House Begins Debate on International Business Companies BILL

Photo: Rudranath Fraser Minister without Portfolio in the Ministry of Economic Growth and Job Creation, Hon. Daryl Vaz.

Story Highlights

  • Debate on the International Business Companies (IBC) Bill, which seeks to modernize Jamaica’s appeal as an investment market for international interests, started in the House of Representatives on February 13.
  • The legislation, which was piloted by Minister without Portfolio in the Ministry of Economic Growth and Job Creation, Hon. Daryl Vaz, will create a more desirable and competitive business environment in line with international standards and practices.
  • He noted that the Bill contains a number of sophisticated features, which will prove attractive to international investors. These, he said include: the amalgamation of IBCs; and the continuance of foreign bodies corporate into Jamaica.

Debate on the International Business Companies (IBC) Bill, which seeks to modernize Jamaica’s appeal as an investment market for international interests, started in the House of Representatives on February 13.

The legislation, which was piloted by Minister without Portfolio in the Ministry of Economic Growth and Job Creation, Hon. Daryl Vaz, will create a more desirable and competitive business environment in line with international standards and practices.

The Bill is a key component in a suite of legislation required to support international business and financial activities in Jamaica, and follows on the Partnership Bills for General and Limited Partnerships, which were passed in 2016.

“This IBC Bill is based primarily on the Ontario Business Corporations Act, and provides for the establishment and operation of international business companies in Jamaica. (It) provides that such IBCs shall be incorporated in Jamaica, but may only conduct business activities outside Jamaica (save for a limited number of activities as listed in the Bill), and therefore may not compete in the domestic Jamaica market,” Mr. Vaz said.

He noted that the Bill contains a number of sophisticated features, which will prove attractive to international investors. These, he said include: the amalgamation of IBCs; and the continuance of foreign bodies corporate into Jamaica.

In addition, the IBC Bill is designed to attract and facilitate a wide variety of international business activities and may be used for a number of purposes including.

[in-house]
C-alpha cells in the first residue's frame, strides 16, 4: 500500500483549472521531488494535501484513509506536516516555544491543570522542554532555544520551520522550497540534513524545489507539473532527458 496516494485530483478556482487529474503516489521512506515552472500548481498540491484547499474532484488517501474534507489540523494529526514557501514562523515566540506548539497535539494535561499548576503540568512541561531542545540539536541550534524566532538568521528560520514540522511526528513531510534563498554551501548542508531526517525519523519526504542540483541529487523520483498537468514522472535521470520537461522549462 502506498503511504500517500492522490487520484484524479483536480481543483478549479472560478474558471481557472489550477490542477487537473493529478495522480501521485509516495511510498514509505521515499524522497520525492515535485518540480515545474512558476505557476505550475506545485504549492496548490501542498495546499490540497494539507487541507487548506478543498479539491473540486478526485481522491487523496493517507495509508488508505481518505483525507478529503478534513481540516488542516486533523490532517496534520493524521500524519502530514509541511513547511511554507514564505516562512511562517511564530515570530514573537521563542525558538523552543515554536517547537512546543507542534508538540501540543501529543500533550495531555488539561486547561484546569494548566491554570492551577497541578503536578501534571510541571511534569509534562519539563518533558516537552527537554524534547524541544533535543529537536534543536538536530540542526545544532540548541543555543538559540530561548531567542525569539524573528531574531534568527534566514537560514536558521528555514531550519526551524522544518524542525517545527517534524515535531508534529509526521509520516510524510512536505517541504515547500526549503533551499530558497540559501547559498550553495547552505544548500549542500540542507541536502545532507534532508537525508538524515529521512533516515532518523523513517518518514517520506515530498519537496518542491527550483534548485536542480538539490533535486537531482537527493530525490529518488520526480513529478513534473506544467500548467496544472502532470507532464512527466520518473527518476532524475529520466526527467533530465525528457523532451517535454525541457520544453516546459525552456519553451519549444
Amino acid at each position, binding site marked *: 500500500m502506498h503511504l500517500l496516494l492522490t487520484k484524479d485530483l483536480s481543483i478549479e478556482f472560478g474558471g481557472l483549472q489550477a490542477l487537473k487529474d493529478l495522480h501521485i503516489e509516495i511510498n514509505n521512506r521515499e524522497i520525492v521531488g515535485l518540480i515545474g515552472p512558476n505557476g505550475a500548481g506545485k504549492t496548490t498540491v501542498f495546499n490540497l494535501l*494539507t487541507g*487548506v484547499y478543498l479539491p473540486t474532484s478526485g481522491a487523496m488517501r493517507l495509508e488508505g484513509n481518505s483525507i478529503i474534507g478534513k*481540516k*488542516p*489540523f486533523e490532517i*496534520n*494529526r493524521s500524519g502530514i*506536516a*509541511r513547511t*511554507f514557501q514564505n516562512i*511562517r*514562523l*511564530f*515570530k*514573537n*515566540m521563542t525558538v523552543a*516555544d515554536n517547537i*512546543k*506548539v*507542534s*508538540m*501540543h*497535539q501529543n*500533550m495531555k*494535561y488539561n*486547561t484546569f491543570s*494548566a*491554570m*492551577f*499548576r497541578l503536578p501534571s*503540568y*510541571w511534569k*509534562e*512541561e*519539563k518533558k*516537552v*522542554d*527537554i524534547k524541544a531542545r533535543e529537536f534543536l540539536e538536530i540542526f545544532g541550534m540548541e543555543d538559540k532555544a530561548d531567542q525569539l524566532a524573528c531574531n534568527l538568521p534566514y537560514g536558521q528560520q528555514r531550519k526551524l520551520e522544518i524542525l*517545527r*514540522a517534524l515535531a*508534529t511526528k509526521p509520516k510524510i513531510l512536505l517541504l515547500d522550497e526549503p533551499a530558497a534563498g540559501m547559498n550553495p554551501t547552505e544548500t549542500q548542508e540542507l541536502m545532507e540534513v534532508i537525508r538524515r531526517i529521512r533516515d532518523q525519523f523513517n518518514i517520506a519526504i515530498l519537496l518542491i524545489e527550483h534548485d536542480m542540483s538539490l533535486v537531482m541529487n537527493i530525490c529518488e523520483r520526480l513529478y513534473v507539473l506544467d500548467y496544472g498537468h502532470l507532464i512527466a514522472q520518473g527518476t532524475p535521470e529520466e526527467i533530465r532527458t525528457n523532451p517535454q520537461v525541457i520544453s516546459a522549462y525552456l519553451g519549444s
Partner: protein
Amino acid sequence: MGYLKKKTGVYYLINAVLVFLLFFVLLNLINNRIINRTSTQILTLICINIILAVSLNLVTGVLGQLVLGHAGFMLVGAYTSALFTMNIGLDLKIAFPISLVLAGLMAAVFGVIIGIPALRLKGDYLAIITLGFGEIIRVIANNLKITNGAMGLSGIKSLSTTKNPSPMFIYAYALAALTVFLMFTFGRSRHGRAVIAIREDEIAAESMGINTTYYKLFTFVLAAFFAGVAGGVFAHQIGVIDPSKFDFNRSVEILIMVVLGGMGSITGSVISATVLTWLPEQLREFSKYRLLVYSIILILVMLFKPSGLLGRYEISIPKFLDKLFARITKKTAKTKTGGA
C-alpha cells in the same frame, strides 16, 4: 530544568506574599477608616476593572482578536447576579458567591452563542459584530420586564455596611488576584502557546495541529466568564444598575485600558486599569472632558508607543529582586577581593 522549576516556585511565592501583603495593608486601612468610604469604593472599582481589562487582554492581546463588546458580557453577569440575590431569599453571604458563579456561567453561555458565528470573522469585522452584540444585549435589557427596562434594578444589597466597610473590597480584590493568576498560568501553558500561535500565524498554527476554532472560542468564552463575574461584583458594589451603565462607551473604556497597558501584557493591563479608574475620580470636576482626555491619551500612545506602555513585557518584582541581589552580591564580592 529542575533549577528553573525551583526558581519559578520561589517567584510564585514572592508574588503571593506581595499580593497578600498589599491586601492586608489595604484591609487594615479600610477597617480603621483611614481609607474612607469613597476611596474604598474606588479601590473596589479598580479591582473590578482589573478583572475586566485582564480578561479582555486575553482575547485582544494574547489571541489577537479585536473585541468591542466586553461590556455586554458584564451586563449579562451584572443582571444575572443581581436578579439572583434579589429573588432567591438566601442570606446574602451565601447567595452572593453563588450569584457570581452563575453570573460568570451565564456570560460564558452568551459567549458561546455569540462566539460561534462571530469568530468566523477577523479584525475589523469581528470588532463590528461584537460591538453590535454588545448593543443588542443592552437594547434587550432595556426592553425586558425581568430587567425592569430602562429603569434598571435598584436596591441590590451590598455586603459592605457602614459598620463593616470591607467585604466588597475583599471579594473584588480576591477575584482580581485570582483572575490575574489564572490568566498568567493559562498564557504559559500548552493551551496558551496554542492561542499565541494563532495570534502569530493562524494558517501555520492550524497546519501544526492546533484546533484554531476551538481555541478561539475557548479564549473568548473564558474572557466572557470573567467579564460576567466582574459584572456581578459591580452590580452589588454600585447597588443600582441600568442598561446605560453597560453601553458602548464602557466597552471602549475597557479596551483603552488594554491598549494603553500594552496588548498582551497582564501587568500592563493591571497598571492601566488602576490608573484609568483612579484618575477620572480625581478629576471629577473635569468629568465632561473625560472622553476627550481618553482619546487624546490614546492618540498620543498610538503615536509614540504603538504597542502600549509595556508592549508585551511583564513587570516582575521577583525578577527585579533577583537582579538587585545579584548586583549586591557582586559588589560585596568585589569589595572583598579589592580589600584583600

These include serving as holding companies providing asset protection for intellectual property rights, real property, and the shares of other companies; serving as vehicles for licensing and franchising; conducting international trade, and investment activities; acting as special purpose vehicles in international financial transactions; and serving as the international headquarters for global business operations.

“This system will generate economic growth and job opportunities for local personnel, who are needed for professional and administrative services,” Mr. Vaz said.

He added that the activities within the international financial and business services sector will stimulate significant growth, generate revenues and create direct and indirect employment opportunities for Jamaicans, residing here and within the Diaspora.

“It is estimated that in the medium-term, this industry will generate millions of dollars in foreign exchange and create thousands of jobs for local professionals – lawyers, accountants, corporate secretaries to name a few, thereby creating a multiplier effect in the local economy,” the Minister said.

To be incorporated as an IBC, one or more individuals or bodies corporate must submit to the Registrar: Articles of Incorporation duly signed; Notice of location of the registered office of the company; and the prescribed fee.

The Registrar will then issue a certificate of incorporation and assign a company number, which must be printed on the certificate of incorporation provided that the name of the IBC is approved by the Registrar and is not a prohibited name.

“The IBC will have the capacity, rights, powers and privileges of a natural person. Please note, however, there are limits to the activities that the IBC is permitted to perform within Jamaica,” Mr. Vaz said.

Under the Bill, an IBC will not be able to carry on business of any kind or type with a person in Jamaica; carry on international financial services unless it is registered or licensed to do so; carry on banking business with a person in Jamaica, of any kind unless licensed to do so under the Banking Services Act; and carry on shipping business with a person in Jamaica.

Mr. Vaz stressed that the restriction against doing business locally is such an important provision that “engaging in the activities restricted…is a criminal offence.”

“The Bill is designed to attract and facilitate a wide variety of international business activities and boost Jamaica’s standing in the international forum as the ideal location to foster and grow investment,” he said.

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